Van Aert: The whole bunch did a miscalculation at the Critérium du Dauphiné

BRIVESCHARENSAC FRANCE JUNE 06 Wout Van Aert of Belgium and Team Jumbo Visma Yellow Leader Jersey reacts after cross the finishing line during the 74th Criterium du Dauphine 2022 Stage 2 a 1698km stage from SaintPray to BrivesCharensac WorldTour Dauphin on June 06 2022 in BrivesCharensac France Photo by Dario BelingheriGetty Images
Wout van Aert (Jumbo-Visma) leads the peloton home for sixth place on stage 2 of the Critérium du Dauphiné (Image credit: Dario BelingheriGetty Images)

Wout van Aert led the peloton home once again on stage 2 of the Critérium du Dauphiné on Monday, but rather than taking his second victory of the race, he ended in sixth place behind the breakaway.

The Jumbo-Visma all-rounder is out of the race lead taken after his stage 1 triumph in Beauchastel, the yellow jersey now lying with Alexis Vuillermoz (TotalEnergies) after the Frenchman proved the fastest finisher from the five-man breakaway move.

Speaking after the race, Van Aert said that the whole peloton miscalculated in the chase on the road to Brives-Charensac.

"I think the whole bunch, including us, did a miscalculation," he told the assembled press after the finish. "We went all-in. We put Chris Harper on the front from the first minute. He had to do 100k alone on the front and from then on when Chris was finished, Kruijswijk, Benoot and even Primož did a pull on the front.

"For sure if we knew we'd come up short like this, we would start faster earlier but afterwards it's always earlier. I was thinking in the last 15 kilometres with the kicker we'd bring it down easier than it happened."

Van Aert, who retains the green points jersey after the stage, said that he lost faith in the chances of catching the break once the group's advantage of around 30 seconds or so held in the final kilometres of the hilly 170km stage.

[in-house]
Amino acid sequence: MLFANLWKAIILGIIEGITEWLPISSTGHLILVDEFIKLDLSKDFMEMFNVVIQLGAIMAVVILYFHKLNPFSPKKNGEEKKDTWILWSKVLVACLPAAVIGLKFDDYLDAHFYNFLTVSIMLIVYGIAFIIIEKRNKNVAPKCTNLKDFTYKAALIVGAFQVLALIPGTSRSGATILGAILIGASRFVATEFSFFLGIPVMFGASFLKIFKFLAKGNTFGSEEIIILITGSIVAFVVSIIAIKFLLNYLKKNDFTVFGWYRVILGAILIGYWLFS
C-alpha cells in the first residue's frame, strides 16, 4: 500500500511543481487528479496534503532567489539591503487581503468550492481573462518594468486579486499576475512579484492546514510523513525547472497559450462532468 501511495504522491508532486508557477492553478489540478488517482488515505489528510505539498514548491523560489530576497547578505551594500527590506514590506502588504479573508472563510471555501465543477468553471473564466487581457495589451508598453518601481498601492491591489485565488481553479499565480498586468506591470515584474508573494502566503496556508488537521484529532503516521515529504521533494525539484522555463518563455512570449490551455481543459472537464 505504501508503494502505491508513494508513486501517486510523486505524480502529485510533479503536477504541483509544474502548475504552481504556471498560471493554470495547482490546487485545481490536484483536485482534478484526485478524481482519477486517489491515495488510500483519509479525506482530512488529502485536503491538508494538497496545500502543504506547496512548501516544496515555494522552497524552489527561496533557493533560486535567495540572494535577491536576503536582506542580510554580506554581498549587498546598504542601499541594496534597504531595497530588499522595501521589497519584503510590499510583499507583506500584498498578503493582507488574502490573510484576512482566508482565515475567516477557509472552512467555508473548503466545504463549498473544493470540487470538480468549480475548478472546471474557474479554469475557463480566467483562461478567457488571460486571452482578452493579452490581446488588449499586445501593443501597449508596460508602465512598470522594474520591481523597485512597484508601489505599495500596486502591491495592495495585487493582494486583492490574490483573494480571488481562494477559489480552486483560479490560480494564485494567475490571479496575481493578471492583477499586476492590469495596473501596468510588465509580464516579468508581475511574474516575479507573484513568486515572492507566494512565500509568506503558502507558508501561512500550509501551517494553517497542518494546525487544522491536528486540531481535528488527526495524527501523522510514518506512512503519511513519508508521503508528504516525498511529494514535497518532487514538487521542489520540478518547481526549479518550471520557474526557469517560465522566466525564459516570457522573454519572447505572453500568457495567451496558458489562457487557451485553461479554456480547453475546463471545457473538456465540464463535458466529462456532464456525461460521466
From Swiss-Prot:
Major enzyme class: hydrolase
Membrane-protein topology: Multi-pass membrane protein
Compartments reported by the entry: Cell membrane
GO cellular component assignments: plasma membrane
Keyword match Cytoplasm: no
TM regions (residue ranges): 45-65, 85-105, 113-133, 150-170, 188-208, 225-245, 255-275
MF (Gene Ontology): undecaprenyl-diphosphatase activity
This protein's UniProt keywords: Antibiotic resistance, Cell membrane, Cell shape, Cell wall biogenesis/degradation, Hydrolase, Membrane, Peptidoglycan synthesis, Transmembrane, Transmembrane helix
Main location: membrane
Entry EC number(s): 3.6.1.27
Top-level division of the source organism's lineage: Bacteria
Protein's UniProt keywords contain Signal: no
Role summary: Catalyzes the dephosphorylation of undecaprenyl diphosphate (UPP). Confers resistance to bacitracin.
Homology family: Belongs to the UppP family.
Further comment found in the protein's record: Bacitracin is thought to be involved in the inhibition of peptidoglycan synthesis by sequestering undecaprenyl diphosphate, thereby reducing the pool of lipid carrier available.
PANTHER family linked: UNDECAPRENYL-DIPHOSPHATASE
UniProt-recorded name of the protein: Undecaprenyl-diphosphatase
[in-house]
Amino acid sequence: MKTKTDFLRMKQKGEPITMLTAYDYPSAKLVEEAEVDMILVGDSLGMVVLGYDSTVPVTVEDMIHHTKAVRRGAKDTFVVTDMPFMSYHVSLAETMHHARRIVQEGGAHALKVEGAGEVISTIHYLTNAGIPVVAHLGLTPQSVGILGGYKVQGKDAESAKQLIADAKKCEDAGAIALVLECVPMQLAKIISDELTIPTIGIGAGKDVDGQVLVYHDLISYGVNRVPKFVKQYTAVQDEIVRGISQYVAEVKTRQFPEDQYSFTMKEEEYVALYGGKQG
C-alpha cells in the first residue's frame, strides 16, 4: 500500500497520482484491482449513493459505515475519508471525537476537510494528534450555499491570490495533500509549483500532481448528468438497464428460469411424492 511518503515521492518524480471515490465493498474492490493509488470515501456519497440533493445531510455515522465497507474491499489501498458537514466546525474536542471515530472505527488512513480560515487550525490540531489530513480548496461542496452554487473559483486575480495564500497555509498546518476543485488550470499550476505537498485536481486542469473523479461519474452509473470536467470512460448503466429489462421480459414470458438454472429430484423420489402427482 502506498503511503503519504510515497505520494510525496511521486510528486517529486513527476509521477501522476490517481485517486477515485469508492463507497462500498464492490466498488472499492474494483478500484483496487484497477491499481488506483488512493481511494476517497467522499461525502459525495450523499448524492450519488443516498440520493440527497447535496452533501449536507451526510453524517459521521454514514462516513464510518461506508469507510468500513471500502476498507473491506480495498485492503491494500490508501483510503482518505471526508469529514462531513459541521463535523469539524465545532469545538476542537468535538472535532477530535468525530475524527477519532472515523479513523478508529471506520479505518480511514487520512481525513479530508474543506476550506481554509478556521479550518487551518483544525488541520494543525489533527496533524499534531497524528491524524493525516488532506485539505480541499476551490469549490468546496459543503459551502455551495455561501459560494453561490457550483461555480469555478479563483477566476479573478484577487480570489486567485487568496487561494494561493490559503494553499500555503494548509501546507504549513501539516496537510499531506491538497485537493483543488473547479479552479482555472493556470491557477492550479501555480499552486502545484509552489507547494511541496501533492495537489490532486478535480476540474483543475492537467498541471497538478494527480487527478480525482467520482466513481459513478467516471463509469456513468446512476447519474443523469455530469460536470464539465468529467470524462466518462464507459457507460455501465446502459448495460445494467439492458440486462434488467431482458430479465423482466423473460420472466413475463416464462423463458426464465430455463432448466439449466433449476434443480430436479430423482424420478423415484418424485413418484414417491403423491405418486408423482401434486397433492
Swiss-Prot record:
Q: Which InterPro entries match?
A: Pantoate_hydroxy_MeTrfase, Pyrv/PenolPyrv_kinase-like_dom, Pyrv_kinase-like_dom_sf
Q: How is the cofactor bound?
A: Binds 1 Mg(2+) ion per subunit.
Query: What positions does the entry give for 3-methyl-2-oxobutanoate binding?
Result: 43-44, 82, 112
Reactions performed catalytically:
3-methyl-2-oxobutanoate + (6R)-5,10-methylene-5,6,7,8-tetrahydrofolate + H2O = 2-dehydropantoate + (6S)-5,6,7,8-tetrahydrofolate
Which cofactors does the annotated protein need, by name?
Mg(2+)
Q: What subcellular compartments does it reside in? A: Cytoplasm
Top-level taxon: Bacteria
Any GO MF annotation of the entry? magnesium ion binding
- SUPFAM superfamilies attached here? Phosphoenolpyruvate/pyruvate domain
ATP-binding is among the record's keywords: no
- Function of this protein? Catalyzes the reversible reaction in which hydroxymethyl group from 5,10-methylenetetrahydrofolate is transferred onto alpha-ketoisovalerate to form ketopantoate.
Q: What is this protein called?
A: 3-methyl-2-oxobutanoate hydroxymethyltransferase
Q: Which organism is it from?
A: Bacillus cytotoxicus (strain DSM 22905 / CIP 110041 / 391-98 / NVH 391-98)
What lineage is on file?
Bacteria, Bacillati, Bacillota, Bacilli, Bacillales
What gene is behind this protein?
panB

As Vuillermoz beat Anders Skaarseth (Uno-X Pro Cycling) and Olivier Le Gac (Groupama-FDJ) just five seconds up the road, Van Aert beat out Ethan Hayter (Ineos Grenadiers) to take sixth place.

"Really close in the end. We could see them in front of us," Van Aert said. "On the other hand, when it was in the last 2 kilometres, 30 seconds or something, I wasn't really confident in catching them any more. It's a shame because the legs were there to take another victory, but it wasn't meant to be.

"We could all have done a bit more work," he added, responding to a question about Ineos contributing to the pacemaking in the peloton. "They pulled really hard on the climb with De Plus and then later Amador but then still four riders could have done something.

"If you see in the end, you come close, I think it's a shame for everyone that you don't sprint for the win. On the other hand, I didn't expect that it was necessary for us to pull harder. In the final I was like 'we're going quite fast, we're for sure going to catch them' but apparently the breakaway was going faster."

Tuesday's third stage to Chastreix-Sancy concludes with a hilltop finish – a 6.2km uphill run to the line at an average of 5.6%. It's another chance for the versatile Van Aert, though he acknowledged the finishing climb is well-suited to his teammate and team GC leader Primož Roglič.

He said that Jumbo-Visma would sort out their tactics on the road, though Roglič's general classification aspirations should come first on the first key GC stage of the race.

"I think if I win the stage I could take [yellow] back with the bonus, but Primož is a really strong riders and someone you expect to do something on a stage like tomorrow.

"He'll definitely be there in the final. For me and the team we have to make a clear plan tomorrow how we do it. It'll also be an important stage for Primož on the GC. We have to see if it's possible for me to hang on and go for a sprint."

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Daniel Ostanek
Production editor

Daniel Ostanek is production editor at Cyclingnews, having joined in 2017 as a freelance contributor and later being hired as staff writer. Prior to joining the team, he had written for most major publications in the cycling world, including CyclingWeekly, Rouleur, and CyclingTips.


Daniel has reported from the world's top races, including the Tour de France and the spring Classics, and has interviewed many of the sport's biggest stars, including Wout van Aert, Remco Evenepoel, Demi Vollering, and Anna van der Breggen.


As well as original reporting, news and feature writing, and production work, Daniel also runs The Leadout newsletter and oversees How to Watch guides throughout the season. His favourite races are Strade Bianche and the Volta a Portugal, and he rides a Colnago C40.